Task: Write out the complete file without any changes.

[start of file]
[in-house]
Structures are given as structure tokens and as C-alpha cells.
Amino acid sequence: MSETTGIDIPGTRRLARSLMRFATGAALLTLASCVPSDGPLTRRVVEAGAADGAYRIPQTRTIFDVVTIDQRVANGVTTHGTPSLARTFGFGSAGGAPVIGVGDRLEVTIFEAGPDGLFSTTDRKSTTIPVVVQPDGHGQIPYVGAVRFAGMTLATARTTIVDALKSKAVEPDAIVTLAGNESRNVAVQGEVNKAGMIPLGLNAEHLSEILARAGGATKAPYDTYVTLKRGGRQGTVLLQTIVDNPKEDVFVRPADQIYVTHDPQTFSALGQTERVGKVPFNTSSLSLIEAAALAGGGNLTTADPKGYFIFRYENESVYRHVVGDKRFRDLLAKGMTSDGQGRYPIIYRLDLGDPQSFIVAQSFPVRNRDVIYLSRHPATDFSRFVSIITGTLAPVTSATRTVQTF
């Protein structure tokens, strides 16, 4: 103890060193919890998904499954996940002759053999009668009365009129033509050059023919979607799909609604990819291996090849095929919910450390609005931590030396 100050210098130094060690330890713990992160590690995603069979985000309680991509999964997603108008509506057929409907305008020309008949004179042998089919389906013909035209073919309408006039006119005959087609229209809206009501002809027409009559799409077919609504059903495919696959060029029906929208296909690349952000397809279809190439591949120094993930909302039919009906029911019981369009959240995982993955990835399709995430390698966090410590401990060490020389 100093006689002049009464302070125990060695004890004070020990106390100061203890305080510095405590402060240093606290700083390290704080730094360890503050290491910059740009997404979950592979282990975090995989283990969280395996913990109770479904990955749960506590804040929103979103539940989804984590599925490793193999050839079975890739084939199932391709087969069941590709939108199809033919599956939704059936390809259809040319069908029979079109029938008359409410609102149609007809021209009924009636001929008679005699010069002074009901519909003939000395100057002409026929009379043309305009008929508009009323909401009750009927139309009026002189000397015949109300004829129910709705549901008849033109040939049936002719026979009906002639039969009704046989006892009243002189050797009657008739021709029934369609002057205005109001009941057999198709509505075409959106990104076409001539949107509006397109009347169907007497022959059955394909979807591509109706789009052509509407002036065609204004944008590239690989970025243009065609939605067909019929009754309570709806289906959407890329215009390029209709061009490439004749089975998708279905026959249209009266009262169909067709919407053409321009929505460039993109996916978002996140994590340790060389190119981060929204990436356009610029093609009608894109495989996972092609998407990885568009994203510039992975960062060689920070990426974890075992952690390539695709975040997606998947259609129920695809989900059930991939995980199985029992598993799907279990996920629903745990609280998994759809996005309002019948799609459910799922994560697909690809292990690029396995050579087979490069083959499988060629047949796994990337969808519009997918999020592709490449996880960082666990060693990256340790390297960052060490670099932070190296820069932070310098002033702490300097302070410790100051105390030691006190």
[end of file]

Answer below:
[in-house]
Structures are given as structure tokens and as C-alpha cells.
Amino acid sequence: MSETTGIDIPGTRRLARSLMRFATGAALLTLASCVPSDGPLTRRVVEAGAADGAYRIPQTRTIFDVVTIDQRVANGVTTHGTPSLARTFGFGSAGGAPVIGVGDRLEVTIFEAGPDGLFSTTDRKSTTIPVVVQPDGHGQIPYVGAVRFAGMTLATARTTIVDALKSKAVEPDAIVTLAGNESRNVAVQGEVNKAGMIPLGLNAEHLSEILARAGGATKAPYDTYVTLKRGGRQGTVLLQTIVDNPKEDVFVRPADQIYVTHDPQTFSALGQTERVGKVPFNTSSLSLIEAAALAGGGNLTTADPKGYFIFRYENESVYRHVVGDKRFRDLLAKGMTSDGQGRYPIIYRLDLGDPQSFIVAQSFPVRNRDVIYLSRHPATDFSRFVSIITGTLAPVTSATRTVQTF
């Protein structure tokens, strides 16, 4: 103890060193919890998904499954996940002759053999009668009365009129033509050059023919979607799909609604990819291996090849095929919910450390609005931590030396 100050210098130094060690330890713990992160590690995603069979985000309680991509999964997603108008509506057929409907305008020309008949004179042998089919389906013909035209073919309408006039006119005959087609229209809206009501002809027409009559799409077919609504059903495919696959060029029906929208296909690349952000397809279809190439591949120094993930909302039919009906029911019981369009959240995982993955990835399709995430390698966090410590401990060490020389 100093006689002049009464302070125990060695004890004070020990106390100061203890305080510095405590402060240093606290700083390290704080730094360890503050290491910059740009997404979950592979282990975090995989283990969280395996913990109770479904990955749960506590804040929103979103539940989804984590599925490793193999050839079975890739084939199932391709087969069941590709939108199809033919599956939704059936390809259809040319069908029979079109029938008359409410609102149609007809021209009924009636001929008679005699010069002074009901519909003939000395100057002409026929009379043309305009008929508009009323909401009750009927139309009026002189000397015949109300004829129910709705549901008849033109040939049936002719026979009906002639039969009704046989006892009243002189050797009657008739021709029934369609002057205005109001009941057999198709509505075409959106990104076409001539949107509006397109009347169907007497022959059955394909979807591509109706789009052509509407002036065609204004944008590239690989970025243009065609939605067909019929009754309570709806289906959407890329215009390029209709061009490439004749089975998708279905026959249209009266009262169909067709919407053409321009929505460039993109996916978002996140994590340790060389190119981060929204990436356009610029093609009608894109495989996972092609998407990885568009994203510039992975960062060689920070990426974890075992952690390539695709975040997606998947259609129920695809989900059930991939995980199985029992598993799907279990996920629903745990609280998994759809996005309002019948799609459910799922994560697909690809292990690029396995050579087979490069083959499988060629047949796994990337969808519009997918999020592709490449996880960082666990060693990256340790390297960052060490670099932070190296820069932070310098002033702490300097302070410790100051105390030691006190």